Enterprise CA certs are untrusted

SGChum 116 Reputation points


Windows 2012r2, single domain, new 2-tier PKI infrastructure, with sub-CA being Enterprise CA for the domain, just setup. PKIView and MMC Cert Auth both show a 'green board' (no alerts, issues, or errors). All services start and all logs are clear. SHA512 was used, no SHA1 anywhere. Offline Root cert is 4096 so it 'lasts longer' as it were.

Certificates are published in AD.

My host Windows 10 shows the root cert in "Trusted Root Certificate Authorities" and the sub-CA (cert issuing CA) certificate in "Intermediate Certificate Authorities". In fact, BOTH the offline root and the sub-CA certs are in the 'Intermediate Certificate Authority" containers (is that an issue? ....not sure how it occurred ..)

I have a CentOS based web server that runs my helpdesk software. I used openssl to generate a CSR, and used the certutil applet to issue the cert from the sub-CA using the WebServer template. Quick reconfig of Apache and now the cert is properly 'attached' to the website. All DNS has been checked, the site and the cert are properly setup as far as we can see. Also, time is correct on all servers and hosts.

The issue is that Edge and Firefox both show the cert as 'untrusted' and give the full 'They are stealing your face!' warnings. Strangely though, if you dig deeper in and display the certificate, it shows the proper chain with no red or alert markings and also claims 'This certificate is OK' for each. So the certificates are OK, but they are being refused anyway?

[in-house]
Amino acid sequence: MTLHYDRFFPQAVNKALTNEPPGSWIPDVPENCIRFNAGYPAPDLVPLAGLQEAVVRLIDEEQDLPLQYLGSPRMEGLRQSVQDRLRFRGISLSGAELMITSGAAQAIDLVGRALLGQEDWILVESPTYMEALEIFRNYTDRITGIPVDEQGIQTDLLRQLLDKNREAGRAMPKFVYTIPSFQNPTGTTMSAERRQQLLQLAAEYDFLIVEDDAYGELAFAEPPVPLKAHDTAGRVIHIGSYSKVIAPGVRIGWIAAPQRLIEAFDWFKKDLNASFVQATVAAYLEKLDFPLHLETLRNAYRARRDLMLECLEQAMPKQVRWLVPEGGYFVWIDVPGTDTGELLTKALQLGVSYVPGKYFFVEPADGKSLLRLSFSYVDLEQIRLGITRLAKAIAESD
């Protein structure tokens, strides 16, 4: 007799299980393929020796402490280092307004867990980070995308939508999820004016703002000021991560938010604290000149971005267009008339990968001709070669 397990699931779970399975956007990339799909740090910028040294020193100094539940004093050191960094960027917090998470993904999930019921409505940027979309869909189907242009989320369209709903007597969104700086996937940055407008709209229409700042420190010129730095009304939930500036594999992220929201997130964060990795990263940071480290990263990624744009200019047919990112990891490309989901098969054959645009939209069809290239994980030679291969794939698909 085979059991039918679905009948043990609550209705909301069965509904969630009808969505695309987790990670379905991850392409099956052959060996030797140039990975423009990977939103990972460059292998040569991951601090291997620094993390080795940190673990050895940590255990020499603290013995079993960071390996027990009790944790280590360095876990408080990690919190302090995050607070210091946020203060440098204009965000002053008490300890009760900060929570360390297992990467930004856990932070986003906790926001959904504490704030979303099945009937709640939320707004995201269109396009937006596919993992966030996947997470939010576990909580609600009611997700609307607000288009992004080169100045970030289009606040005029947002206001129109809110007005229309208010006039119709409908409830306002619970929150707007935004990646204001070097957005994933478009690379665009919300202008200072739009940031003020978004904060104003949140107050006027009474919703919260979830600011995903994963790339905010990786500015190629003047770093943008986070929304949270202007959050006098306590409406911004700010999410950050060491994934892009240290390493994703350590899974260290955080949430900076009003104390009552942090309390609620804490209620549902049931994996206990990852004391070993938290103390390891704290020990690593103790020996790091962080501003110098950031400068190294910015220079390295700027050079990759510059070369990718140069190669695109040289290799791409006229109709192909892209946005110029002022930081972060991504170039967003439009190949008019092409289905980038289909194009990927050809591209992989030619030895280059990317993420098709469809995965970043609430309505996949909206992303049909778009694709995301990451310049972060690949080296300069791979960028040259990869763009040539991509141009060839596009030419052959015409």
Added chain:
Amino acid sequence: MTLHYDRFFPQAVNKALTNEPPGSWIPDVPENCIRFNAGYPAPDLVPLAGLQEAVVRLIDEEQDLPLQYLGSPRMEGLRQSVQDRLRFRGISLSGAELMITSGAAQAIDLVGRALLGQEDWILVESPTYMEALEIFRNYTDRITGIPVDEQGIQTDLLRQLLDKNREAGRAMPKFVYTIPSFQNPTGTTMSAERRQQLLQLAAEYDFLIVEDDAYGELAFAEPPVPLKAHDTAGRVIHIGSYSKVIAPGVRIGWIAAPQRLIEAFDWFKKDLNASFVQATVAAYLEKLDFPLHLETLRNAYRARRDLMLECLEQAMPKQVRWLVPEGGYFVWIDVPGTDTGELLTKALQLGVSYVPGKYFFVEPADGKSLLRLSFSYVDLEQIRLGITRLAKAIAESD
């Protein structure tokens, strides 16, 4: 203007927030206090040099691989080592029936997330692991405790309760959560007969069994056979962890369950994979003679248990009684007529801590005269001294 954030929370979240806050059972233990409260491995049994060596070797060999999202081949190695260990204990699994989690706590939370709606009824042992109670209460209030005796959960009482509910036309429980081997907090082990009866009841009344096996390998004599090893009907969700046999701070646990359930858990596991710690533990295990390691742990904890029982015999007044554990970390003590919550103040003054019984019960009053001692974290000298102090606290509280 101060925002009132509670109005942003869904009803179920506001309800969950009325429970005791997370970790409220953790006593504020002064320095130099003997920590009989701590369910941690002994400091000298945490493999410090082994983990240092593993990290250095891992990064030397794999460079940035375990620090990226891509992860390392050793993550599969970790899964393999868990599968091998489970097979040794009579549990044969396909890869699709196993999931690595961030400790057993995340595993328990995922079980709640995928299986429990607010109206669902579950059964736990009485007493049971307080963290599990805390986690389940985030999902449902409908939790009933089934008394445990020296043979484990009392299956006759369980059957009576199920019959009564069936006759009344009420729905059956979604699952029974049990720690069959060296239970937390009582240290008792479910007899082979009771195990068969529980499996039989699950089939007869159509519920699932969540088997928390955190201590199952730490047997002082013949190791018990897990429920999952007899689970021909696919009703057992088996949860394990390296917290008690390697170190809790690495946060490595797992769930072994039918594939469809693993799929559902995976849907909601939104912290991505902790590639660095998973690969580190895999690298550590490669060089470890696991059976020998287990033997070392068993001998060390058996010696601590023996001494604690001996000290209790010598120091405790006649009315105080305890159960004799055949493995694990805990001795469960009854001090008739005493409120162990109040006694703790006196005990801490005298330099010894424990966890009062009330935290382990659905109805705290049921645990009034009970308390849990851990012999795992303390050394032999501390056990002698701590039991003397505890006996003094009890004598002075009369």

I am stumped as to why these "OK" certificates are not being trusted. Any help would be greatly appreciated!


Windows Server Security
Windows Server Security
Windows Server: A family of Microsoft server operating systems that support enterprise-level management, data storage, applications, and communications.Security: The precautions taken to guard against crime, attack, sabotage, espionage, or another threat.
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  1. Vadims Podāns 8,866 Reputation points MVP

    But it also 'seems' to say that, by default, my Windows 2012R2 CA won't use the SAN names in a CSR, that instead I have to add using the certutil command?

    who said that? If SAN extension is included in CSR, CA will include this SAN extension into signed certificate.

    The question now seems to be can I generate a CSR with SAN names, submit that via the MMC and get a 'proper' certificate back

    here is my blog post on how to do this using MMC: https://www.sysadmins.lv/blog-en/web-server-certificate-enrollment-with-san-extension.aspx

    even though they are in the CSR

    it is unlikely that you have SAN extension in request, hence why you don't have SAN in issued certificate.

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  1. Vadims Podāns 8,866 Reputation points MVP

    It would be useful if you would show exact error message from web browser.